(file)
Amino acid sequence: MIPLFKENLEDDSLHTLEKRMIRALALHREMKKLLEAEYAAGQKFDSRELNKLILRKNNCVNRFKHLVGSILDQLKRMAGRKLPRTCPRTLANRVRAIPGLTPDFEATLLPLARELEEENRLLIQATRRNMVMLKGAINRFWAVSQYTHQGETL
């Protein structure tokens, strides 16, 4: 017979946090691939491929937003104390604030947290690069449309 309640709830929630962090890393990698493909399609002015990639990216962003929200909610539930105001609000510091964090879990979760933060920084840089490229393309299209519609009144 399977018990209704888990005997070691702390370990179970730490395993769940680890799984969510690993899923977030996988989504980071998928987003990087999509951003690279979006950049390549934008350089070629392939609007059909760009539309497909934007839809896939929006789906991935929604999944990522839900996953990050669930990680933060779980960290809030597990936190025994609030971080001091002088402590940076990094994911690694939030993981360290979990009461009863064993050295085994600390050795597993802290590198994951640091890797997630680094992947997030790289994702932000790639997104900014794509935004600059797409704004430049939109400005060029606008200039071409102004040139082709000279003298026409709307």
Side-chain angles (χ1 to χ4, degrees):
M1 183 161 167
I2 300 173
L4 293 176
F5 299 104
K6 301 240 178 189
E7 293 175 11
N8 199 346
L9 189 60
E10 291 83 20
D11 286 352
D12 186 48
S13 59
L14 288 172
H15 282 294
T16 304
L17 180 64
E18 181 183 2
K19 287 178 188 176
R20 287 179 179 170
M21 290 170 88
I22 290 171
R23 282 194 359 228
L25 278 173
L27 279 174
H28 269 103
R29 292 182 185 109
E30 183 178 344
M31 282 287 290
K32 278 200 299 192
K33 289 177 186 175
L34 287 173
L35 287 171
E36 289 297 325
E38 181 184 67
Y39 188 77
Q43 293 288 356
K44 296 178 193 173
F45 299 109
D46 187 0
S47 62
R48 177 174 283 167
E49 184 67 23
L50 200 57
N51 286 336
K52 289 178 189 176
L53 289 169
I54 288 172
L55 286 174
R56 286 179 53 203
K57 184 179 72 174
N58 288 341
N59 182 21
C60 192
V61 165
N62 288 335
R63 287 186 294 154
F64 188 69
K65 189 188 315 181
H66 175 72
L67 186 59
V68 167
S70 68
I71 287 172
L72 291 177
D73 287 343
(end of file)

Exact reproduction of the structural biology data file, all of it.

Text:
Amino acid sequence: MIPLFKENLEDDSLHTLEKRMIRALALHREMKKLLEAEYAAGQKFDSRELNKLILRKNNCVNRFKHLVGSILDQLKRMAGRKLPRTCPRTLANRVRAIPGLTPDFEATLLPLARELEEENRLLIQATRRNMVMLKGAINRFWAVSQYTHQGETL
């Protein structure tokens, strides 16, 4: 017979946090691939491929937003104390604030947290690069449309 309640709830929630962090890393990698493909399609002015990639990216962003929200909610539930105001609000510091964090879990979760933060920084840089490229393309299209519609009144 399977018990209704888990005997070691702390370990179970730490395993769940680890799984969510690993899923977030996988989504980071998928987003990087999509951003690279979006950049390549934008350089070629392939609007059909760009539309497909934007839809896939929006789906991935929604999944990522839900996953990050669930990680933060779980960290809030597990936190025994609030971080001091002088402590940076990094994911690694939030993981360290979990009461009863064993050295085994600390050795597993802290590198994951640091890797997630680094992947997030790289994702932000790639997104900014794509935004600059797409704004430049939109400005060029606008200039071409102004040139082709000279003298026409709307």
Side-chain angles (χ1 to χ4, degrees):
M1 183 161 167
I2 300 173
L4 293 176
F5 299 104
K6 301 240 178 189
E7 293 175 11
N8 199 346
L9 189 60
E10 291 83 20
D11 286 352
D12 186 48
S13 59
L14 288 172
H15 282 294
T16 304
L17 180 64
E18 181 183 2
K19 287 178 188 176
R20 287 179 179 170
M21 290 170 88
I22 290 171
R23 282 194 359 228
L25 278 173
L27 279 174
H28 269 103
R29 292 182 185 109
E30 183 178 344
M31 282 287 290
K32 278 200 299 192
K33 289 177 186 175
L34 287 173
L35 287 171
E36 289 297 325
E38 181 184 67
Y39 188 77
Q43 293 288 356
K44 296 178 193 173
F45 299 109
D46 187 0
S47 62
R48 177 174 283 167
E49 184 67 23
L50 200 57
N51 286 336
K52 289 178 189 176
L53 289 169
I54 288 172
L55 286 174
R56 286 179 53 203
K57 184 179 72 174
N58 288 341
N59 182 21
C60 192
V61 165
N62 288 335
R63 287 186 294 154
F64 188 69
K65 189 188 315 181
H66 175 72
L67 186 59
V68 167
S70 68
I71 287 172
L72 291 177
D73 287 343